Bells in East Hampton.

As part of our NHPRC-funded cataloging project, archivists are looking through collections that have never been cataloged and adding records for our online catalog.  One recently cataloged collection is N.N. Hill Brass Co. Records, 1893-1917, Ms 100549.  The collection consists of cash books, sales records, labor accounts, ledgers, invoice books, factory order slips, factory inventories, credit reports on other companies, and correspondence of this East Hampton, Connecticut, bell manufacturer.  Sales included gongs, rattles, scales, chimes, and tea, call and door bells, among other products.  Their customers were located throughout the east.

Unusual items of interest in this collection are:

correspondence with A. Mugford, a Hartford engraver, concerning the printing of a catalog for N.N. Hill, 1902-1906.

correspondence with Muller, Maclean & Co., New York City merchants, who in 1906 were trying to make a contact to sell bells overseas.

and a long correspondence, 1902-1912, with the Wm. L. Gilbert Clock Co. of Winsted, Connecticut, which included orders, requests for delivery, and complaints about the quality of products.  The letterhead for Gilbert Clock illustrates the factory building.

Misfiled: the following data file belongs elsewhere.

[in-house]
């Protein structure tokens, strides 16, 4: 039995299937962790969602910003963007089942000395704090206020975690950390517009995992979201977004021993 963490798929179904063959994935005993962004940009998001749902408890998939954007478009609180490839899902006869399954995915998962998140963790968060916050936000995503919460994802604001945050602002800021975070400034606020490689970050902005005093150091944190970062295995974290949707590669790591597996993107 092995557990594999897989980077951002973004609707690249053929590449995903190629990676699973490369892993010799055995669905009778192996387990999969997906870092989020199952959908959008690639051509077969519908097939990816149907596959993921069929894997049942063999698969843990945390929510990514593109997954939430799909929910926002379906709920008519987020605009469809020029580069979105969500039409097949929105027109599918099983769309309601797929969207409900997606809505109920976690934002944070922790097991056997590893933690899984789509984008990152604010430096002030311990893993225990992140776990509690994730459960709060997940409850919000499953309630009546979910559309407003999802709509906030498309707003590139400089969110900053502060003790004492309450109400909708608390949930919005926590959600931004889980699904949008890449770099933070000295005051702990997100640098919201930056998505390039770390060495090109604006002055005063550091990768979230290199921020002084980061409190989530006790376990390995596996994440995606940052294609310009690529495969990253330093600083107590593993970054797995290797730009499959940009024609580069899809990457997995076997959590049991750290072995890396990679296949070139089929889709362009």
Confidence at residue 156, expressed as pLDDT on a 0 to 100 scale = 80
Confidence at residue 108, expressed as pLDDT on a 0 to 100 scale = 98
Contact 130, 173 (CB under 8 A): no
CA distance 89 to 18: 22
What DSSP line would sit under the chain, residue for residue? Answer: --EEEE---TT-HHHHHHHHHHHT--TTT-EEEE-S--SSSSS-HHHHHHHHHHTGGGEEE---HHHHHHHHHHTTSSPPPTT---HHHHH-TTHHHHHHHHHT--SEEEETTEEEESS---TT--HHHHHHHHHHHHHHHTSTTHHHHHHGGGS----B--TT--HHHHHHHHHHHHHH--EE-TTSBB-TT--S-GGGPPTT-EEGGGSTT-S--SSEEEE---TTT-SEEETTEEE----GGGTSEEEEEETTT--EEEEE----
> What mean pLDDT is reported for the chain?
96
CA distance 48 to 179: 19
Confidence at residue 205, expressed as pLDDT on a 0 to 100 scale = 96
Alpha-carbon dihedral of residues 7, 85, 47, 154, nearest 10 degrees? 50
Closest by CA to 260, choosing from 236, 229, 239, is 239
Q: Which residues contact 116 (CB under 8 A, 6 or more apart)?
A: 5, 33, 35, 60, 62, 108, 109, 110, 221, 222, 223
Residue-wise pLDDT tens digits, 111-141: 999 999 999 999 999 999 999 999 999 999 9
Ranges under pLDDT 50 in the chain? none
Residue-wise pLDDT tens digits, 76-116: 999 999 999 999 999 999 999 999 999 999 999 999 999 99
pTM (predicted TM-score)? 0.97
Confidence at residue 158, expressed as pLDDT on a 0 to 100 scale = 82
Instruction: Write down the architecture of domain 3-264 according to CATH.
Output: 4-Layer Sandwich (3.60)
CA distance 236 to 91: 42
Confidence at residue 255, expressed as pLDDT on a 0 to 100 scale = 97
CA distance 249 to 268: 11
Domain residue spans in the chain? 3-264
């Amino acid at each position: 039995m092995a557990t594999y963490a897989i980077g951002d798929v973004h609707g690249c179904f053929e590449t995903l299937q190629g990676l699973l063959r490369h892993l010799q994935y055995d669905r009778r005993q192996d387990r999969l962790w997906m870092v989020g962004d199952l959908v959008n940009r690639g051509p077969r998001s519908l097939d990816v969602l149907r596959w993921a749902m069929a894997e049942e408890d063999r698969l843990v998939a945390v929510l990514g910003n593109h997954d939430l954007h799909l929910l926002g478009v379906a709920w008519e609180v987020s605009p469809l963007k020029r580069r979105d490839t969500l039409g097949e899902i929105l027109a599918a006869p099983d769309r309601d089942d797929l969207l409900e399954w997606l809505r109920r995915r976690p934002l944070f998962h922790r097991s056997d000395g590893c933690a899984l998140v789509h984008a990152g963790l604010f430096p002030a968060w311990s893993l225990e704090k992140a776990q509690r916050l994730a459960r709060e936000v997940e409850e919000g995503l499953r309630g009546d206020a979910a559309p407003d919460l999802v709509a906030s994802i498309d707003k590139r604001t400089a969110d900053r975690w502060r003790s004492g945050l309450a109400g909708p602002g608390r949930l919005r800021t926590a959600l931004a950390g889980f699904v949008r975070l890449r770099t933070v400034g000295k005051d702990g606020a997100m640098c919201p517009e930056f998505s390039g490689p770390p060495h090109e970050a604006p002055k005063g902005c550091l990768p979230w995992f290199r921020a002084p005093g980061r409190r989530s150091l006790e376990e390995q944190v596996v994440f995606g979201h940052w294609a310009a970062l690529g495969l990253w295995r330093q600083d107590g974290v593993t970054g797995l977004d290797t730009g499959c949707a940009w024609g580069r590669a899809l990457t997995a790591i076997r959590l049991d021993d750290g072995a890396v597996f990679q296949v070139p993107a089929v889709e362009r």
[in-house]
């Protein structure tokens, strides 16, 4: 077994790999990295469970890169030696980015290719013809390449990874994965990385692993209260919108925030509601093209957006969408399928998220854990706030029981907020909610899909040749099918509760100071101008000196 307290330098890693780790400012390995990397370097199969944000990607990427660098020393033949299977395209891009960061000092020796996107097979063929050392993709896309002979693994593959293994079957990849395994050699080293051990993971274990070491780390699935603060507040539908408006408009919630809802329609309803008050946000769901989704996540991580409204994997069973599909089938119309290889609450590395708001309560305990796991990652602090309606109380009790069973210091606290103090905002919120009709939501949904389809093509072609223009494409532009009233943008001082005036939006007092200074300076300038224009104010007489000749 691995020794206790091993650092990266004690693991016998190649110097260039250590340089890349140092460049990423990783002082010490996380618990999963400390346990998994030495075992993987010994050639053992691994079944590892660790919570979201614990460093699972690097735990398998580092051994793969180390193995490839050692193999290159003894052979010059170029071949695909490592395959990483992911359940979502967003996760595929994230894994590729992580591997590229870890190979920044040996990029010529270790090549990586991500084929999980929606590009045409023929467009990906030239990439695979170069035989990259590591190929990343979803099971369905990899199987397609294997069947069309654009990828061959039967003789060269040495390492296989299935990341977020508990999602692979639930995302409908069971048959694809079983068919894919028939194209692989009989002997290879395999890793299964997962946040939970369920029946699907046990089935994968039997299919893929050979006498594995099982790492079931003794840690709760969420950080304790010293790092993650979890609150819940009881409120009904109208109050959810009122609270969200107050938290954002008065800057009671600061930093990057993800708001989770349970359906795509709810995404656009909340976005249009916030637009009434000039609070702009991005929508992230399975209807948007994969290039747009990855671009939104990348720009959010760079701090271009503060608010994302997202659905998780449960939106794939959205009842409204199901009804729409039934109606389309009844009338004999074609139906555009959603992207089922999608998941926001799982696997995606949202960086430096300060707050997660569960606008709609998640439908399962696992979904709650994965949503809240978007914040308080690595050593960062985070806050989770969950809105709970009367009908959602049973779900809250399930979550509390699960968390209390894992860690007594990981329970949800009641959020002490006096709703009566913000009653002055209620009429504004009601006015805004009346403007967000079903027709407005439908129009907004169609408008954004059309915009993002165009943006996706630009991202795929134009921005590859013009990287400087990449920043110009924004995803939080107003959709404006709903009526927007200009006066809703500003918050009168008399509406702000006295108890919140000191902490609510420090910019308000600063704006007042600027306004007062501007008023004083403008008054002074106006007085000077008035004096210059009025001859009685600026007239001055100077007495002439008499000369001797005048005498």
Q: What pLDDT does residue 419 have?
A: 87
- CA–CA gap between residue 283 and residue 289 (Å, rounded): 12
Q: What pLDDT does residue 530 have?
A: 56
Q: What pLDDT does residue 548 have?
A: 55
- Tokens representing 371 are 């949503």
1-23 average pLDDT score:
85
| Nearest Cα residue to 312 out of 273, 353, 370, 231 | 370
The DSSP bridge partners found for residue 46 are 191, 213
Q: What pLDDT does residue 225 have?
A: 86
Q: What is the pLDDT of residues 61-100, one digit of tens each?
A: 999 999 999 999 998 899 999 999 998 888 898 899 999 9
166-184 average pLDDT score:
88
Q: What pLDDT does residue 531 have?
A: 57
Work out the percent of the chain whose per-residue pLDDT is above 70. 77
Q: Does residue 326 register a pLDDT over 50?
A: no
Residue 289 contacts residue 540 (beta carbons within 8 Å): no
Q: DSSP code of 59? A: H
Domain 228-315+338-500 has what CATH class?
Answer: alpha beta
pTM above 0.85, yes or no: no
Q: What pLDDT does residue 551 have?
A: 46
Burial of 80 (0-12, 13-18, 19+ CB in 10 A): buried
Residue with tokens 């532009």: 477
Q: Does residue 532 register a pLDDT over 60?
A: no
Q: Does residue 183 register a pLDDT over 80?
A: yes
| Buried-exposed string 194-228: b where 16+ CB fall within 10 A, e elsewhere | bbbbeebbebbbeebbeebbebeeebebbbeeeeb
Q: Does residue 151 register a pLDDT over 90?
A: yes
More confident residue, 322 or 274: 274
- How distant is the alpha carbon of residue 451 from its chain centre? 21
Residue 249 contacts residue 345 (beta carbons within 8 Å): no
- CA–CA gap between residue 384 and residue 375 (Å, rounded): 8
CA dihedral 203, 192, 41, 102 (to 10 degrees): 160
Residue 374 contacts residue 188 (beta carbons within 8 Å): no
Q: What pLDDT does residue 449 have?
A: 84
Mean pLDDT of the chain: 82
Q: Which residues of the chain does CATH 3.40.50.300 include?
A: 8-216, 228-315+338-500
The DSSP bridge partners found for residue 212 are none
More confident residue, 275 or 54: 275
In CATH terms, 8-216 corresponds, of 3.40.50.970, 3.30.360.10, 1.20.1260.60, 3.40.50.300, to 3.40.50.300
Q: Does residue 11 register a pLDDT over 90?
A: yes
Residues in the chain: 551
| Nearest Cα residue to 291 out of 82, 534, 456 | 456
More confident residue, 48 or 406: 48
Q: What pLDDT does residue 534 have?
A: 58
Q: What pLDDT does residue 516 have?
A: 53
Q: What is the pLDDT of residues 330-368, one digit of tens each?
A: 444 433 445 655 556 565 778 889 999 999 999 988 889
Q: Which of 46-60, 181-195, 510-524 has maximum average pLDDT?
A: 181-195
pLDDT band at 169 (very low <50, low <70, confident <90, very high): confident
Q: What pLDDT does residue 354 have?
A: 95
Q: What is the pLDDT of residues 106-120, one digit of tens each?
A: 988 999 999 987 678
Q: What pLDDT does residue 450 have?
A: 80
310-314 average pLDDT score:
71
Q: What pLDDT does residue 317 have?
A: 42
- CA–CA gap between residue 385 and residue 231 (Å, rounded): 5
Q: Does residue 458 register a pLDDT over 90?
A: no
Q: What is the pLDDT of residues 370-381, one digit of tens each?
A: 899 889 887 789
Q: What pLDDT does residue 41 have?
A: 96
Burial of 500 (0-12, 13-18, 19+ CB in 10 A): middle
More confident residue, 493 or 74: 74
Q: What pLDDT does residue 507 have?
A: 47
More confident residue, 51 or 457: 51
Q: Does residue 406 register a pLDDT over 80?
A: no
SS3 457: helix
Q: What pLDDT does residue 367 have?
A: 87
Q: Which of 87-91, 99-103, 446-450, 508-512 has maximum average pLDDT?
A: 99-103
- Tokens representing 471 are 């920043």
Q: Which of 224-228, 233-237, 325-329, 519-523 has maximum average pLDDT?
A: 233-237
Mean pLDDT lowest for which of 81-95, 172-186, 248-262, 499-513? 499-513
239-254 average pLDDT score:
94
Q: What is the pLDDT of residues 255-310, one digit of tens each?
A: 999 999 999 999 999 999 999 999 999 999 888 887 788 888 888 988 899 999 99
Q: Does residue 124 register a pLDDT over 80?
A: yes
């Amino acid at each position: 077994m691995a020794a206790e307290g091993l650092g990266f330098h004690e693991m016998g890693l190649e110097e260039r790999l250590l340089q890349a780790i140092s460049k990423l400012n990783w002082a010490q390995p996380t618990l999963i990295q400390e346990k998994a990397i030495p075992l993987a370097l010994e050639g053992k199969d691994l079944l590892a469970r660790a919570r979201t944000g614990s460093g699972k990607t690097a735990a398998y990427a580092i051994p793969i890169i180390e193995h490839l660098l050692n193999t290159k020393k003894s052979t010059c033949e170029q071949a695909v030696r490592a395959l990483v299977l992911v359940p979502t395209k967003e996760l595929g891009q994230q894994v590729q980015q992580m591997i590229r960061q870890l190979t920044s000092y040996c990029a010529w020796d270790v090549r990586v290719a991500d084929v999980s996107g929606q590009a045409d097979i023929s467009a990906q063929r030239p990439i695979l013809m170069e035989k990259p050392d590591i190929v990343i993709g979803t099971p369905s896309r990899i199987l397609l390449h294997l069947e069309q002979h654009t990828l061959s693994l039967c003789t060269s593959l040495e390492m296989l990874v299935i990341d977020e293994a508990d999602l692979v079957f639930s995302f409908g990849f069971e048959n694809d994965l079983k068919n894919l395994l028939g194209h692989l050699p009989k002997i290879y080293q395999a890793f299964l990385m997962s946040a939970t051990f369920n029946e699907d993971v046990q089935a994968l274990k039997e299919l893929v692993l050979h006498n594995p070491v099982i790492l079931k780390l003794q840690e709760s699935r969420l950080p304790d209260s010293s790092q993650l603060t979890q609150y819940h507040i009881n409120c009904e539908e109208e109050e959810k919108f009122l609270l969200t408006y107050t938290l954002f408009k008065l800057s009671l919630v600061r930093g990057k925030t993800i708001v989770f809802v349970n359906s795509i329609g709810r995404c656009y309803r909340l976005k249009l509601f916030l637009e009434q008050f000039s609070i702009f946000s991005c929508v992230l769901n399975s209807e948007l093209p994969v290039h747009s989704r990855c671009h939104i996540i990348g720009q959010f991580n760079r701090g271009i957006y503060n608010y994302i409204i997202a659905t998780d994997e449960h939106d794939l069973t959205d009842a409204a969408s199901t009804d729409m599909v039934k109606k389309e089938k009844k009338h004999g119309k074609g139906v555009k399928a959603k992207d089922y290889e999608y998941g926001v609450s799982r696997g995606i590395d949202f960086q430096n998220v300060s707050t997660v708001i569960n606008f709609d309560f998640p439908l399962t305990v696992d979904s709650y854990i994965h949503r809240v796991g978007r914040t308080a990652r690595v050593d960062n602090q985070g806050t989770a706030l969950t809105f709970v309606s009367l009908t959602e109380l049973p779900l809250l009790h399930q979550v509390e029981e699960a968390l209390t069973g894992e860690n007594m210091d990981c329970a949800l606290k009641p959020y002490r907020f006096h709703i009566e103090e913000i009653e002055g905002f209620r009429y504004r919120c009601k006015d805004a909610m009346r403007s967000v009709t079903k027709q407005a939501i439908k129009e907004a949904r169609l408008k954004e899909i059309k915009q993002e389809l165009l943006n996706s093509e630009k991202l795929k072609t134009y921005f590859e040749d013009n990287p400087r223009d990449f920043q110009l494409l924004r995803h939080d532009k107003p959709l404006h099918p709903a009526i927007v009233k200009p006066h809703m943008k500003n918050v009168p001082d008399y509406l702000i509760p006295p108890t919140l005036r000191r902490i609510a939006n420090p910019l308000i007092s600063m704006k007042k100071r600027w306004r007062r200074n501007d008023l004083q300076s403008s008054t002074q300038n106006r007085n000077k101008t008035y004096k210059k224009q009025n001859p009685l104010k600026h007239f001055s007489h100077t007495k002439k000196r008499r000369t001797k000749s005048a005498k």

Found with these materials are two ledgers, numbered 7 and 8, with entries for customers, most from East Hampton, Connecticut, for such items as cheese, overalls, bacon, oil, beef, oats, and “merchandise”, 1896-1908.  These may be the records of the company store, or of an independent merchant in town; unfortunately, there is no identification.

East Hampton was the “bell capitol” of Connecticut, so having this collection finally see the light of day is significant from both a local history and a manufacturing history point of view.

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One thought on “Bells in East Hampton.

  1. Was there a Cemetery located where the Town Hall was built abournd 1838 ? I have an item that was dicovered while the grave were being moved to the Main Street Cemetery (?) a man named Z. E. Coleman (?) had the contact to move th graves item was passed on to a J.E. Coleman Rochdale – its a small green wedgewood like syrup pitcher with a pewter lid

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